Bay of Plenty Regional Council is reviewing its Floodway and Drainage Bylaw 2008, a regulation that protects flood protection and drainage scheme assets from damage or misuse. These assets have been constructed to protect people, property and livelihoods from river flooding and problems associated with a lack of land drainage.

The Bylaw applies to drains, pumping stations, defences against water (including stopbanks, floodwalls, stoplogs), river edge protection works and floodways owned or under the control of Council.

The Local Government Act (2002) requires Council to carry out a comprehensive review of its bylaws every 10 years. The review process ensures that bylaws are still relevant and fit for purpose.

The Floodway and Drainage Bylaw applies to land adjoining the region’s flood protection and drainage scheme assets. This means it could affect rural and urban land owners, hapū and iwi, farmers and orchardists, grazing lease holders, local authorities, contractors, river users, commercial organisations and the wider general public.

What’s happening?

From October 2019 the Regional Council will start direct engagement with key stakeholders and in early 2020 we are planning public open days to invite feedback on the proposed changes.

Formal consultation is scheduled for March and April with a hearing likely in May or June before adoption by Council in late June.

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Frequently asked questions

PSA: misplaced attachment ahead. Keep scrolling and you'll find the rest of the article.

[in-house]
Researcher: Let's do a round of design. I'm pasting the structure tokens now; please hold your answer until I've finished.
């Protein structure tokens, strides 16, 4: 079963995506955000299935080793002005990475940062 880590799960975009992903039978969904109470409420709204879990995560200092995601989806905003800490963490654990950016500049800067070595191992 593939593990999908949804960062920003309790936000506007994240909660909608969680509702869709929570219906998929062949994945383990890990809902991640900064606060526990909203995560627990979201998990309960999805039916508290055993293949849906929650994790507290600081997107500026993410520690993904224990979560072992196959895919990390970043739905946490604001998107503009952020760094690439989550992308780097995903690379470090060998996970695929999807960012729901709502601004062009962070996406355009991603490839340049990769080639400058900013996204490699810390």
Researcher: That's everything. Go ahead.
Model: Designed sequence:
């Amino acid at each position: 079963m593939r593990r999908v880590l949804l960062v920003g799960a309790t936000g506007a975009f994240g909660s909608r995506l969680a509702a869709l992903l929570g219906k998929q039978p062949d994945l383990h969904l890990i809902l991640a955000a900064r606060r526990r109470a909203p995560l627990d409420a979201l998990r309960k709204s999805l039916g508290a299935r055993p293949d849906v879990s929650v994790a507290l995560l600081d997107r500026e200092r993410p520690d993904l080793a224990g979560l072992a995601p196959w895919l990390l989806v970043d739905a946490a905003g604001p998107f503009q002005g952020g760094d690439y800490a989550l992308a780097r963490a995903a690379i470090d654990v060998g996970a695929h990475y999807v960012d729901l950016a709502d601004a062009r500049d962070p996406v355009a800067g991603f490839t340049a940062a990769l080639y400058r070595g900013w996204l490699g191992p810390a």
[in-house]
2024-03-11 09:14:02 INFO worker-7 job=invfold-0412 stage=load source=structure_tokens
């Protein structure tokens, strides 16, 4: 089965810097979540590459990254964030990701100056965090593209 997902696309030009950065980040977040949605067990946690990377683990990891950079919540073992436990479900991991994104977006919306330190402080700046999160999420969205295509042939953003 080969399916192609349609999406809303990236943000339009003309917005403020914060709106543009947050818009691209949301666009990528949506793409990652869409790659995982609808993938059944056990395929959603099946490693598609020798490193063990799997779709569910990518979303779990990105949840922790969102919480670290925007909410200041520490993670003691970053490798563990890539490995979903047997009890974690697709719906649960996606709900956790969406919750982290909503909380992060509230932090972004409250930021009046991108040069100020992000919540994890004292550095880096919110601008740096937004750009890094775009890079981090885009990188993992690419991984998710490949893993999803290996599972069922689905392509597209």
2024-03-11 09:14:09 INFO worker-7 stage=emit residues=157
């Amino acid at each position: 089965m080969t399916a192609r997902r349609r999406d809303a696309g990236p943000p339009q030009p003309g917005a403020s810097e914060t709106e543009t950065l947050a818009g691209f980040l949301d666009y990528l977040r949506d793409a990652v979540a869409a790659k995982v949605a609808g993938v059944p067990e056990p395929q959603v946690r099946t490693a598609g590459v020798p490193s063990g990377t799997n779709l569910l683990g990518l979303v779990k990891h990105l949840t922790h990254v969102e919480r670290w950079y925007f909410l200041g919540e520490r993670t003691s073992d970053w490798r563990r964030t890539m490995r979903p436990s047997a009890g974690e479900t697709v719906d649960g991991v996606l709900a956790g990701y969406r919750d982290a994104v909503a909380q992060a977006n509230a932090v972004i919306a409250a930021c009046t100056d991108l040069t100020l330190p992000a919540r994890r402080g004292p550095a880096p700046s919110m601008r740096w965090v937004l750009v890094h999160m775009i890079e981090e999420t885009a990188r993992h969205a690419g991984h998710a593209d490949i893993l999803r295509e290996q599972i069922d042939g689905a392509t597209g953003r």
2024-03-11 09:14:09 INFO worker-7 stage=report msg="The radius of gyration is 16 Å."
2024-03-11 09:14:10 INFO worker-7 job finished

The Bay of Plenty Regional Council looks after more than $320 million worth of flood protection assets. These include floodgates, pump stations, stopbanks and floodwalls which are part of a flood protection system designed to help manage river flows and collectively work to minimise flood risks.

Council manages flood protection systems in five major rivers and drainage schemes:

  • Kaituna Catchment Control Scheme
  • Rangitāiki-Tarawera Rivers Scheme
  • Rangitāiki Drainage Scheme
  • Whakatāne-Tauranga Rivers Scheme
  • Waioeka-Otara Rivers Scheme

Anyone who wants to carry out work in the vicinity of a flood protection asset must first apply for a bylaw authority. ‘Work’ could include constructing or demolishing a structure; undertaking earthworks; planting or removing trees, hedges or shrubs; installing a culvert or crossing in a scheme drain; intensive development of farm land (e.g. for horticulture).

Council may issue bylaw authorities, often with specific conditions, to allow landowners to carry out works while minimising any impact on the flood protection assets.

Email riversanddrains@boprc.govt.nz with ‘Does the FAD Bylaw apply to my property’ in the subject line and provide your full name, contact details (email and phone) and property address.

We will let you know if you are within a Floodway and Drainage applicable area and provide advice on applying for a bylaw authority if required. Alternatively fill out the feedback form below.

Otara River stopbank
Otara River stopbank (left bank).

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17 Sep 2019

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